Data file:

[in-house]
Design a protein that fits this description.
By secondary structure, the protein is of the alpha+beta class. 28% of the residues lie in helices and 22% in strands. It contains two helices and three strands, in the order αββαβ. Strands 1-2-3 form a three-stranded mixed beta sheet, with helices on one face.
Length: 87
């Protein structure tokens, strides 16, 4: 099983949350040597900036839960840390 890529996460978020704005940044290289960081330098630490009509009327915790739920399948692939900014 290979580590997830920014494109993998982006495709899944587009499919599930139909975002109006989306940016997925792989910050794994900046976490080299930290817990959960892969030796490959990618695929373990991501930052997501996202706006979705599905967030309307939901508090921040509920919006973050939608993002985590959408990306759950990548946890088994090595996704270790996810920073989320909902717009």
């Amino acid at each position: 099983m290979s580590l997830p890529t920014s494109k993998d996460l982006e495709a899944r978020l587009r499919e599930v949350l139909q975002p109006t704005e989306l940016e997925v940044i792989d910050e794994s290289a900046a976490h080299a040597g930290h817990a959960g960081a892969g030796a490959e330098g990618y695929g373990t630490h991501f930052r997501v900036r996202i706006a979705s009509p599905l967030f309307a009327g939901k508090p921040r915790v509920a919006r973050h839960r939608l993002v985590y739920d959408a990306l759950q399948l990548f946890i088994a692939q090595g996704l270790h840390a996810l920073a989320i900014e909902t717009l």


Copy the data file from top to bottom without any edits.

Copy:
[in-house]
Design a protein that fits this description.
By secondary structure, the protein is of the alpha+beta class. 28% of the residues lie in helices and 22% in strands. It contains two helices and three strands, in the order αββαβ. Strands 1-2-3 form a three-stranded mixed beta sheet, with helices on one face.
Length: 87
């Protein structure tokens, strides 16, 4: 099983949350040597900036839960840390 890529996460978020704005940044290289960081330098630490009509009327915790739920399948692939900014 290979580590997830920014494109993998982006495709899944587009499919599930139909975002109006989306940016997925792989910050794994900046976490080299930290817990959960892969030796490959990618695929373990991501930052997501996202706006979705599905967030309307939901508090921040509920919006973050939608993002985590959408990306759950990548946890088994090595996704270790996810920073989320909902717009």
């Amino acid at each position: 099983m290979s580590l997830p890529t920014s494109k993998d996460l982006e495709a899944r978020l587009r499919e599930v949350l139909q975002p109006t704005e989306l940016e997925v940044i792989d910050e794994s290289a900046a976490h080299a040597g930290h817990a959960g960081a892969g030796a490959e330098g990618y695929g373990t630490h991501f930052r997501v900036r996202i706006a979705s009509p599905l967030f309307a009327g939901k508090p921040r915790v509920a919006r973050h839960r939608l993002v985590y739920d959408a990306l759950q399948l990548f946890i088994a692939q090595g996704l270790h840390a996810l920073a989320i900014e909902t717009l």